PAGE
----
In my nightly journal, I write three things I was grateful for (or, rather, remember being grateful for) that day. Of course, this is a nice reflection. Usual entrants onto this list: sunset, J cooking, beach/nature/trails, connection with a friend, dogs. Sometimes it’s hard to think of three, so sometimes that third thing is something quotidian, like the smell of coffee or clean sheets. It’s a nice way to end the day, and start my journal entry, as it gets my mind in a bigger headspace than the minutia of how I’m feeling, what happened at work that day.
The trick is, also, to do this throughout the day, as a form of checking in, even if I don’t remember what it was I stopped and noticed in order to write it down later. That’s not the point, the point is to be in the moment for even a fraction of a second. It’s almost a form of meditation, but instead of coming back to the breath, it’s a coming back to the world around me.
For me, there are two important elements related to these daily gratitudes that help me with the way my brain seems to be wired, and to help me feel less like I’m passively drifting through my life rather than being IN my life fully.
First, it’s trying to disconnect the definition of worth from external validation. On a personal scale, this is taking the time to appreciate my own accomplishments and hard work and value, in the moment, even if I’ve received zero praise or laudation, even if no one other than me would even notice.
It’s beyond any sense of external validation, or a specific outcome of something I did. It’s being grateful for a smile of a stranger, the smell of eucalyptus, the way the light reflects off a building. It’s not “I’m really grateful that I nailed that writing project or task at work and got praise;” rather, it’s “I’m grateful I had time to write this morning.”
These gratitudes become breadcrumbs that life is being lived. What I tend to do, instead, is focus so much on the what’s next, now what, that before I know it I’m in the future without ever having appreciated the lineup of moments that got me to that point. They blur together because I rushed right through them. For example, it’s hard for me to truly mark having a manuscript as an “accomplishment” because there’s still more to be done to get it published. So it’s that balance, between having completed a step, appreciating that step being an accomplishment, and at the same time look forward to the next one.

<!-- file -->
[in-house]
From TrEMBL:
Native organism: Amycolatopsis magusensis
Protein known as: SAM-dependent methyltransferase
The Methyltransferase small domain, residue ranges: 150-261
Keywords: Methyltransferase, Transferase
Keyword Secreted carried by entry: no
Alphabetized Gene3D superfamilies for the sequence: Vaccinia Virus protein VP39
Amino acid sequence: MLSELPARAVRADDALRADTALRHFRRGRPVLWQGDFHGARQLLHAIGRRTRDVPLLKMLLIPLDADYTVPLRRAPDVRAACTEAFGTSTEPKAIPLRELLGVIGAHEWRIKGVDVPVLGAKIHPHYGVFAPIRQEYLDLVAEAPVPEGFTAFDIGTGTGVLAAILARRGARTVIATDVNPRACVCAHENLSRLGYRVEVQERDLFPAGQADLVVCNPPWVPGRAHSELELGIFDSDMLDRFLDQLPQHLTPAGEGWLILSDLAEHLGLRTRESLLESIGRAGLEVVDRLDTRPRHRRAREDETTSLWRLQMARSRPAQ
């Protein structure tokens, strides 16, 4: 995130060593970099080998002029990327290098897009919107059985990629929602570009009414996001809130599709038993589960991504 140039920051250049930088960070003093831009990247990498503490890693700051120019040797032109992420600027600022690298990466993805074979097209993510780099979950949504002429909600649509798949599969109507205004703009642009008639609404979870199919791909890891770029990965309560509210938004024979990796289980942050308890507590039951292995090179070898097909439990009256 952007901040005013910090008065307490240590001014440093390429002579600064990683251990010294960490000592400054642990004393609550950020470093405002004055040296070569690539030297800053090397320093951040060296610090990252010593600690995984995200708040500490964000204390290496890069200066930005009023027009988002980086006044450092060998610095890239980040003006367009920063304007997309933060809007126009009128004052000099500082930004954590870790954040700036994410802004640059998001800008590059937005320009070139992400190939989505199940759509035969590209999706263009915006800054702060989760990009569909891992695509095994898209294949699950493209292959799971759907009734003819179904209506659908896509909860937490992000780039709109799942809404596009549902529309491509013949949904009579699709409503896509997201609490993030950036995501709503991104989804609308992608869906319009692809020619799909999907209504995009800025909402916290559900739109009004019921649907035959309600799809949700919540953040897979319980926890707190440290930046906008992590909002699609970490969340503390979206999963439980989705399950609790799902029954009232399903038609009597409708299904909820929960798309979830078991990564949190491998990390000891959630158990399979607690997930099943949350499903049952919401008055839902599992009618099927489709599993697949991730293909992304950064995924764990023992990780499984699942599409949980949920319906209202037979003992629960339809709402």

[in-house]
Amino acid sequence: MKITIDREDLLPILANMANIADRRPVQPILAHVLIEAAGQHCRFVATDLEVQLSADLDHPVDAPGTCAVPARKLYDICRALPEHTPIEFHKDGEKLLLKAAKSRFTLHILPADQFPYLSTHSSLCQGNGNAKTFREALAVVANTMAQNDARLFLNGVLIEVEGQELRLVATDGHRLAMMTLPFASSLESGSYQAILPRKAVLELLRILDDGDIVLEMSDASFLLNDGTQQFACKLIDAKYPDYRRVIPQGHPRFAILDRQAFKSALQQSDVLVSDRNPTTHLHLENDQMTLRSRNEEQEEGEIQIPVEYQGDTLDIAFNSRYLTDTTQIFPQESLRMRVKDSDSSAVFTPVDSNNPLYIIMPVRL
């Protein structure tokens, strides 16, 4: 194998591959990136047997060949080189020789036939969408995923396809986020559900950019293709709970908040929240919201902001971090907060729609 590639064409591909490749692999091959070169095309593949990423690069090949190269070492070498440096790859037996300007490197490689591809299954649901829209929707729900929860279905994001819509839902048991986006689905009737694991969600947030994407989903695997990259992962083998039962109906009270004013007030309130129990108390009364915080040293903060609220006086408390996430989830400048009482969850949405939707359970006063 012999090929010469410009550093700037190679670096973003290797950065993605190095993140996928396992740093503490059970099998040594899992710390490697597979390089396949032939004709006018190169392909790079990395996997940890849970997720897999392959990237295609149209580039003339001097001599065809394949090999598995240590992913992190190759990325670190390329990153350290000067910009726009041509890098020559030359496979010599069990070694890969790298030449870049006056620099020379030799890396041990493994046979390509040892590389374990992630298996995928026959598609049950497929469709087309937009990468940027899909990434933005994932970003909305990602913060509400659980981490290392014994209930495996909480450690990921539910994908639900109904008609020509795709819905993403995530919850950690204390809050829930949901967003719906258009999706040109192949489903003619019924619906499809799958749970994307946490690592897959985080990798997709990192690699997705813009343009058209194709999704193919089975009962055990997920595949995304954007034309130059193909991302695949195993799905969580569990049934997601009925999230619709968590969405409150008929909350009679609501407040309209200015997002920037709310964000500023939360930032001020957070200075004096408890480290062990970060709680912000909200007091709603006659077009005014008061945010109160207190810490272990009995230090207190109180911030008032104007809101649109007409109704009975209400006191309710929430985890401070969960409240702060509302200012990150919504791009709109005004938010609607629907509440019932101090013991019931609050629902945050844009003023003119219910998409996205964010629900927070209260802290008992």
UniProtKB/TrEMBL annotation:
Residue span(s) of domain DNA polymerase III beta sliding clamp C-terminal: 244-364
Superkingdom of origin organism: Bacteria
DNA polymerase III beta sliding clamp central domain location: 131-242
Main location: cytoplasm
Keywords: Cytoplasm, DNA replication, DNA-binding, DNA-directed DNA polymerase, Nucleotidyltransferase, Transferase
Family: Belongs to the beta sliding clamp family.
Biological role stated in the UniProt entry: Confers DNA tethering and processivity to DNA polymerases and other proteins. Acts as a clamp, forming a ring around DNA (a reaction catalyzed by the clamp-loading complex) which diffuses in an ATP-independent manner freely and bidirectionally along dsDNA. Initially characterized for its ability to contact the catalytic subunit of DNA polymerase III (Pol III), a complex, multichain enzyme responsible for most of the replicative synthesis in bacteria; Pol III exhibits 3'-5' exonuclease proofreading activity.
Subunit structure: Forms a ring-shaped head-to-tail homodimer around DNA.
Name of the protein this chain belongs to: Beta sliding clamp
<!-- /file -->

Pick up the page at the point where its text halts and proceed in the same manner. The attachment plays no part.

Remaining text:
Anytime we have to hold contradictory thoughts in our head, it means we’re going to resist and fight and defend: it’s really hard! It challenges our assumptions, our definition of what’s real. In this case, if something isn’t done, then it can’t be deserving of celebration.
If you, like my therapist, is asking, “So when does it end, when are you done?” then you can touch on the problem with this: apparently I don’t get to appreciate anything until I’m dead, and maybe not even then, because hopefully I’m going to go quick and not be able to think about loose ends before I die. So, instead, it’s about learning how to both be satisfied with something and keep going to the next thing. To pause and appreciate without being complacent—the thought of never growing or doing something new, of one day sitting back and saying about my life, “You know, everything’s good enough, I think I’ll just stop and hang out now,” just isn’t realistic. But something can be good without being finished.
Second, it’s about what I mentioned last week: it’s to fire a synapse that makes me feel good when I look at a sunset, because maybe it’s the only time that synapse fired all day, if I’ve been stressed at work and in relationships and with the world. If I’m feeling depressed. This may mean going through the motions, and that’s fine, but little by little those synapses will become stronger than the ones that only look for the bad stuff. If you go out into the world, you’ll naturally notice the irritants: the people driving like idiots, the rude email, someone tossing their cigarette butt onto the street. It takes conscious effort to instead notice the good, or even neutral, stuff: the person holding a door, the smile and thank you from a cashier, someone moving out of your way on a sidewalk. Oh, but think about how much better we’d all feel if we noticed the good stuff and realized just how human we all are.
Importantly, this gratitude practice isn’t about putting on a pair of rose-colored glasses and pretending everything is great when it’s not. It’s not a masking of the terrible, but an addition to the terrible. A diluting of the terrible. Because if absolutely everything is terrible, then really, what’s the point?
So, then, maybe there is a third element: taking the blinders off and reminding myself that here I am, on earth, in my body, part of a bigger universe. It is at once a grounding within my body and being awestruck by how expansive the universe, life, is.
How do you practice gratitude and appreciation in your day-to-day life? Comment below or on my Facebook page.